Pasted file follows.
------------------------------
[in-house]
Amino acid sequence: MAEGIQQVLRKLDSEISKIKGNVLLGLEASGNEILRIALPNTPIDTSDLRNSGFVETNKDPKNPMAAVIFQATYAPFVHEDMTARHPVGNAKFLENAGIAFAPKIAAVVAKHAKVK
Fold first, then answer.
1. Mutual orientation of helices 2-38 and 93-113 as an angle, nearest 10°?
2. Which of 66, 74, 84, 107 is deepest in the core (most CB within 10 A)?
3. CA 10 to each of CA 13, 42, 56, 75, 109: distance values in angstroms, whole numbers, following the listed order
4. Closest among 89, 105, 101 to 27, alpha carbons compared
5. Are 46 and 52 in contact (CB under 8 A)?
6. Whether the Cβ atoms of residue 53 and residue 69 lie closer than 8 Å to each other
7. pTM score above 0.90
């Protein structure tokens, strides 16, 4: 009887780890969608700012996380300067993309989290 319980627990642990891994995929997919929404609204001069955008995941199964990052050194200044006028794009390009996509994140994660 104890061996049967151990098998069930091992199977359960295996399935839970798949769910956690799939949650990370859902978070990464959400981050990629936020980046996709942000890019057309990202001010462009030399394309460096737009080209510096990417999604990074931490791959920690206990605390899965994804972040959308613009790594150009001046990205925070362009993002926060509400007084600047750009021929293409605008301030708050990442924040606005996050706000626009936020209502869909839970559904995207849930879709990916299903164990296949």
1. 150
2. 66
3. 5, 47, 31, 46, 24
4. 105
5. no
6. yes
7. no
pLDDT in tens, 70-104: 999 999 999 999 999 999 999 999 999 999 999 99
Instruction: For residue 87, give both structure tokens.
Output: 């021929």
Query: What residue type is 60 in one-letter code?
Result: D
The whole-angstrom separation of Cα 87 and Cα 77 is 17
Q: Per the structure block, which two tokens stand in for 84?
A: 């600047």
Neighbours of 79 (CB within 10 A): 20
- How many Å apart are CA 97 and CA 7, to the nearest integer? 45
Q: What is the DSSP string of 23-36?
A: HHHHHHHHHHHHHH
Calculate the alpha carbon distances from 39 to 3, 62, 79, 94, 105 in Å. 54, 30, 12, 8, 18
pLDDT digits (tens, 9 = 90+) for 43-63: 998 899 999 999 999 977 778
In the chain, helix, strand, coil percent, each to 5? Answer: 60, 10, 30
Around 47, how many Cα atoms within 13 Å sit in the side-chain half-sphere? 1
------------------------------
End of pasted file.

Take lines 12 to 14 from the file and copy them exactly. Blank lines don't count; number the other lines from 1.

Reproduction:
1. 150
2. 66
3. 5, 47, 31, 46, 24